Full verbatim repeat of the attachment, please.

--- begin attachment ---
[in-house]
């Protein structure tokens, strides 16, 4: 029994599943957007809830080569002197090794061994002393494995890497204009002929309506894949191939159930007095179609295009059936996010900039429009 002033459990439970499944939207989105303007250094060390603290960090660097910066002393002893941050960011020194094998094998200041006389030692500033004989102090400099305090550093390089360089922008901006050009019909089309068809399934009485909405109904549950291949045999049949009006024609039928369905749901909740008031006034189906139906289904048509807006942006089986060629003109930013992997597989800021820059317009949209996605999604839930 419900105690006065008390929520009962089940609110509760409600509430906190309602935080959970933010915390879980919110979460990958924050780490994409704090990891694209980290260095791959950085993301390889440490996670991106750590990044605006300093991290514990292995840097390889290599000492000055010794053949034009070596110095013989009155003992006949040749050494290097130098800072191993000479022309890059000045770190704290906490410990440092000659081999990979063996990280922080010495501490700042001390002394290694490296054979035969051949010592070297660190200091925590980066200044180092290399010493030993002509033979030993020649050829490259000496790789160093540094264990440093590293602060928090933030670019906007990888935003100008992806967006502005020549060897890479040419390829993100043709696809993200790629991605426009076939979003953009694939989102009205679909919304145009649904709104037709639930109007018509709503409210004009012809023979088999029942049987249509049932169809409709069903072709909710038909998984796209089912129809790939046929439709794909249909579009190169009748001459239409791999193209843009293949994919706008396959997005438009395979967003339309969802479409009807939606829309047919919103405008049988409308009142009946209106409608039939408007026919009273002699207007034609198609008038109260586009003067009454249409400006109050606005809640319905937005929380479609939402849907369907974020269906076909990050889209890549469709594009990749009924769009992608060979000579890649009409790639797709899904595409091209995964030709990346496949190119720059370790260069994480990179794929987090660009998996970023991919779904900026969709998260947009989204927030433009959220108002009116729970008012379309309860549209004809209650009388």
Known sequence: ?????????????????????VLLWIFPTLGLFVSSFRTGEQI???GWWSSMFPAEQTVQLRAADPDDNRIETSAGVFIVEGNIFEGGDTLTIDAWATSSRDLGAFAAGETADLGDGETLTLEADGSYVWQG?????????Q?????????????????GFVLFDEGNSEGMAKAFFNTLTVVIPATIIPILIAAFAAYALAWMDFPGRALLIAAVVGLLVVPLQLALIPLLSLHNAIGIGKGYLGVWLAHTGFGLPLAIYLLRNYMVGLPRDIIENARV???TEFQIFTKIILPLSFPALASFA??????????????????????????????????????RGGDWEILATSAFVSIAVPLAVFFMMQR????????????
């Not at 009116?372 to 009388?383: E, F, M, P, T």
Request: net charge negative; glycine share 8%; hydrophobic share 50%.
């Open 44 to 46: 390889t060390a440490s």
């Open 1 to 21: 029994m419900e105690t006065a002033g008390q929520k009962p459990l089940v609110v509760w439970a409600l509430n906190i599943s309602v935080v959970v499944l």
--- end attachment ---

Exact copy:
[in-house]
């Protein structure tokens, strides 16, 4: 029994599943957007809830080569002197090794061994002393494995890497204009002929309506894949191939159930007095179609295009059936996010900039429009 002033459990439970499944939207989105303007250094060390603290960090660097910066002393002893941050960011020194094998094998200041006389030692500033004989102090400099305090550093390089360089922008901006050009019909089309068809399934009485909405109904549950291949045999049949009006024609039928369905749901909740008031006034189906139906289904048509807006942006089986060629003109930013992997597989800021820059317009949209996605999604839930 419900105690006065008390929520009962089940609110509760409600509430906190309602935080959970933010915390879980919110979460990958924050780490994409704090990891694209980290260095791959950085993301390889440490996670991106750590990044605006300093991290514990292995840097390889290599000492000055010794053949034009070596110095013989009155003992006949040749050494290097130098800072191993000479022309890059000045770190704290906490410990440092000659081999990979063996990280922080010495501490700042001390002394290694490296054979035969051949010592070297660190200091925590980066200044180092290399010493030993002509033979030993020649050829490259000496790789160093540094264990440093590293602060928090933030670019906007990888935003100008992806967006502005020549060897890479040419390829993100043709696809993200790629991605426009076939979003953009694939989102009205679909919304145009649904709104037709639930109007018509709503409210004009012809023979088999029942049987249509049932169809409709069903072709909710038909998984796209089912129809790939046929439709794909249909579009190169009748001459239409791999193209843009293949994919706008396959997005438009395979967003339309969802479409009807939606829309047919919103405008049988409308009142009946209106409608039939408007026919009273002699207007034609198609008038109260586009003067009454249409400006109050606005809640319905937005929380479609939402849907369907974020269906076909990050889209890549469709594009990749009924769009992608060979000579890649009409790639797709899904595409091209995964030709990346496949190119720059370790260069994480990179794929987090660009998996970023991919779904900026969709998260947009989204927030433009959220108002009116729970008012379309309860549209004809209650009388």
Known sequence: ?????????????????????VLLWIFPTLGLFVSSFRTGEQI???GWWSSMFPAEQTVQLRAADPDDNRIETSAGVFIVEGNIFEGGDTLTIDAWATSSRDLGAFAAGETADLGDGETLTLEADGSYVWQG?????????Q?????????????????GFVLFDEGNSEGMAKAFFNTLTVVIPATIIPILIAAFAAYALAWMDFPGRALLIAAVVGLLVVPLQLALIPLLSLHNAIGIGKGYLGVWLAHTGFGLPLAIYLLRNYMVGLPRDIIENARV???TEFQIFTKIILPLSFPALASFA??????????????????????????????????????RGGDWEILATSAFVSIAVPLAVFFMMQR????????????
């Not at 009116?372 to 009388?383: E, F, M, P, T």
Request: net charge negative; glycine share 8%; hydrophobic share 50%.
């Open 44 to 46: 390889t060390a440490s």
């Open 1 to 21: 029994m419900e105690t006065a002033g008390q929520k009962p459990l089940v609110v509760w439970a409600l509430n906190i599943s309602v935080v959970v499944l």